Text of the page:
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Stephen Ambrose's Last Book

In what he fears may be his dying days, cancer-stricken historian Stephen E. Ambrose spends much of his time at his word processor, trying to set the record straight about some of the views he espoused as a young professor.

Perhaps best known for his 1994 best seller "D-Day," Ambrose, 66, has put a World War II project about the Pacific on hold in favor of a new book depicting his own transformation from a left-wing demonstrator to a super patriot.

"I want to correct all the mistakes I made ... when I would tell my history classes that dropping the bomb on Hiroshima was a crime, that the Mexican-American War was nothing but a land grab and that people like Henry Ford and J.D. Rockefeller got into philanthropy to buy their way into heaven," Ambrose said in his typically raspy tone and energetic meter. "I want to tell all the things that are right about America."

When he was diagnosed with lung cancer a month ago, Ambrose, a longtime smoker, was given six months to live without treatment. He opted for experimental chemotherapy at LSU Medical Center in New Orleans.

For now, his routine hardly befits a man fighting for his life: awake before dawn, writing eight hours a day, riding his bike, walking his dog, working out at a gym. This is, after all, a man who made his mark telling stories of soldiers who stared down death and went about their work.

"After I got over the shock, the outrage, the denial, I got to thinking how lucky I've been and that it's possible I only have time to do one more book," Ambrose said in a phone interview from his beach home in Bay St. Louis, Miss., about an hour's drive east of New Orleans.

He completed 133 pages of "A Love Song to America" in his first half-month of writing, but cannot say how long the book will be.

"It depends how long I live," he said. "I've got a lot of things I want to write about."

Those close to Ambrose are not at all surprised.

"Writing history for him is the same as breathing," said Douglas Brinkley, who has worked on books with Ambrose and who took over for him as director of the Eisenhower Center for American Studies at the University of New Orleans.

On an almost daily basis throughout his career, Ambrose would write uninterrupted from 5 a.m. to 10 a.m., regardless of where he was, Brinkley said.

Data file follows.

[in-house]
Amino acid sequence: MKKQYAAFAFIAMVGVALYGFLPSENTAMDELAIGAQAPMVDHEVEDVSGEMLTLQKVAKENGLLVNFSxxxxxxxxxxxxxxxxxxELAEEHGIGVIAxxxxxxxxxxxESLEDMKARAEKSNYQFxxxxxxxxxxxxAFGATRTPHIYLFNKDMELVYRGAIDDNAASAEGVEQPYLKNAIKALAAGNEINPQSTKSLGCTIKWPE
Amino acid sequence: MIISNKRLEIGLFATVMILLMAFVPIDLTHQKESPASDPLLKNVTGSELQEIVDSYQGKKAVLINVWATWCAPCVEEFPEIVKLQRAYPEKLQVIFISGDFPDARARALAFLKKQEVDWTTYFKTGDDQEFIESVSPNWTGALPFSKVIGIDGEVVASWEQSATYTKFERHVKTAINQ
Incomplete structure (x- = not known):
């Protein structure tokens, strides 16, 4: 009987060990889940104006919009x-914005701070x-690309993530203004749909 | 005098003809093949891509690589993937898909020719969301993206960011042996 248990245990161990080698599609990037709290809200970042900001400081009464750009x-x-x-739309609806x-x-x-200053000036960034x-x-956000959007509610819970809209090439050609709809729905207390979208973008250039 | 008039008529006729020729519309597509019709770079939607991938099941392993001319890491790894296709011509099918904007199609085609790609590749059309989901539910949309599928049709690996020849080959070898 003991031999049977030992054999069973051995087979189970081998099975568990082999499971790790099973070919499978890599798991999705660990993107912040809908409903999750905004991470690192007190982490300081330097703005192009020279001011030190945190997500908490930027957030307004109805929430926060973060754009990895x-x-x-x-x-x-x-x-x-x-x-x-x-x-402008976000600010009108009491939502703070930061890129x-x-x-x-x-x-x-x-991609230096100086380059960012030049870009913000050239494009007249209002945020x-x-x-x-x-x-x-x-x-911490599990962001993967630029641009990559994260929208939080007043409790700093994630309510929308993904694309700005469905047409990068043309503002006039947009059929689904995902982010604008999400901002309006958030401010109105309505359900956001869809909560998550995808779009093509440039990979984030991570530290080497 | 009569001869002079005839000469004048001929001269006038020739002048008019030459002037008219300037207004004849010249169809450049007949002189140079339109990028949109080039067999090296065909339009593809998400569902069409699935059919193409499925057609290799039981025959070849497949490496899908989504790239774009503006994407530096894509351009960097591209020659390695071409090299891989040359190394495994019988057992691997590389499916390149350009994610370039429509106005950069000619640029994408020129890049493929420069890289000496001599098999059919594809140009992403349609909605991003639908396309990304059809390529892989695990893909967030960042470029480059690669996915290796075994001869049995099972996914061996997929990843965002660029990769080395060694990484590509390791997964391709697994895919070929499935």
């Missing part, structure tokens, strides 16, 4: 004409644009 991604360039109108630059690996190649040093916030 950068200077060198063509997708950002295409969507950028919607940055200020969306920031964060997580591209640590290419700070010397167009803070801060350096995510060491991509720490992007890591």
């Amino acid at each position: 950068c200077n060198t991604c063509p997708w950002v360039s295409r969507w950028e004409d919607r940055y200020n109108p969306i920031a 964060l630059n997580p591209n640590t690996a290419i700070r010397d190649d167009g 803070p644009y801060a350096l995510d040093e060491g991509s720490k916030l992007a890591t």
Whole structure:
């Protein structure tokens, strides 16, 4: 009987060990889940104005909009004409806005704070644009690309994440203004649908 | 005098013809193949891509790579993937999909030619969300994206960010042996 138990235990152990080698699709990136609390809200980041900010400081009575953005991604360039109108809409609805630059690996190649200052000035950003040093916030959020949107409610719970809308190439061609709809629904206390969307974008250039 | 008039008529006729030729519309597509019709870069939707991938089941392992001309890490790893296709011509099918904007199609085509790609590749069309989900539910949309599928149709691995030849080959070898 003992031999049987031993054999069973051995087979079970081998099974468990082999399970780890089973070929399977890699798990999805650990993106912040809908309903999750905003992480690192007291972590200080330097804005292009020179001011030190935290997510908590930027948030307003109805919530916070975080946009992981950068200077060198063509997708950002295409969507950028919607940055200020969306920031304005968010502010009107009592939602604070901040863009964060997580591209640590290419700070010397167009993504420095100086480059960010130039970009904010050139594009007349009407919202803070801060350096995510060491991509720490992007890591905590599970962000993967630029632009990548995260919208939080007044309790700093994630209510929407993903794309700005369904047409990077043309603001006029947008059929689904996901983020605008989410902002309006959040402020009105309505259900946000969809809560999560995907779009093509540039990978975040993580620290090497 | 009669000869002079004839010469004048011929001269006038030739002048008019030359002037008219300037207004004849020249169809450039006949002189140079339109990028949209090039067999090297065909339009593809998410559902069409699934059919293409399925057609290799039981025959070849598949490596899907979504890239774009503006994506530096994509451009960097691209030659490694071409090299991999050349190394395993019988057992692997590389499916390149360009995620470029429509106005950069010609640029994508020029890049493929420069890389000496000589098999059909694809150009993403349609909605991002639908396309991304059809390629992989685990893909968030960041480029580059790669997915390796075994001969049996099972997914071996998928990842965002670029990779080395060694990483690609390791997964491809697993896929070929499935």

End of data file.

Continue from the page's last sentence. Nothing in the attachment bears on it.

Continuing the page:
"I've seen him writing in motel rooms, on airplanes," Brinkley said.

Ambrose has published more than 30 books on subjects ranging from World War II to Presidents Nixon and Eisenhower, the Transcontinental Railroad and the Lewis and Clark expeditions of the American West. His research and interviews made him believe America was the greatest country on earth - a place, for all its faults, that should be celebrated for its progress, freedom and generosity, he said.

His new book will include chapters on race in America, on George Washington and on his own experience as "a Yankee in Dixie." It will touch on his personal relationships with historical figures such as Dwight Eisenhower, but won't be what he would call a memoir.

"I'm not going to write about my sex life and family life or colleagues. That's not me. I'm going to write about America."

If he does not get back to his book on the Pacific theater, his son and partner, Hugh, will likely finish it, Ambrose said.

Ambrose gives himself slim chances of beating cancer: "My doctor tells me I might make it but I think that's pie-in-the-sky, first of all because nobody's going to live forever, and second, I've seen the CAT scans."

After two chemotherapy sessions, Ambrose says he has "had no reactions, except that I'm breathing better and my energy level is up."

NBC News anchor Tom Brokaw, author of a World War II book, and former President George Bush have called Ambrose since his diagnosis and urged him to try the M.D. Anderson Cancer Center in Houston. Ambrose decided treatment in New Orleans would likely be as good and far more convenient.

Ambrose, a doctor's son from Whitewater, Wis., was a relatively unknown professor in New Orleans for about two decades before his upbeat, easy-to-read books about World War II soldiers made him a best-selling author. He spent the 1990s building his literary successes into a family industry that even includes historical tours run by another of his sons, and he founded The National D-Day Museum, opened in 2000 in New Orleans.

But Ambrose seemed to lose momentum when accusations surfaced early this year that he plagiarized passages in several books. His supporters dismissed the accusations as jealousy. Ambrose, who footnoted the passages but did not set them off in quotation marks, apologized for carelessness but otherwise stood by his work.

"I always thought plagiarism meant using other people's words and ideas, pretending they were your own and profiting from it. I do not do that, have never done that and never will," he wrote in a newspaper editorial.

With his new book, he notes, "I don't have to have any footnotes and quotations - my own memory is the only thing I need to rely on here."

With the exception of his weekly drives to New Orleans for treatment, Ambrose has stopped traveling. He has made only one public appearance since his diagnosis - a casual affair at a local restaurant last week.

He seems relieved to have so few commitments and time to focus on a project dear to him while remaining with family at his home on the Gulf of Mexico.

"There is something very liberating about being told you have a terminal illness," Ambrose said. "You can do whatever the hell you want. Who's going to criticize you? And if they do, what the hell do you care?"

By Brett Martel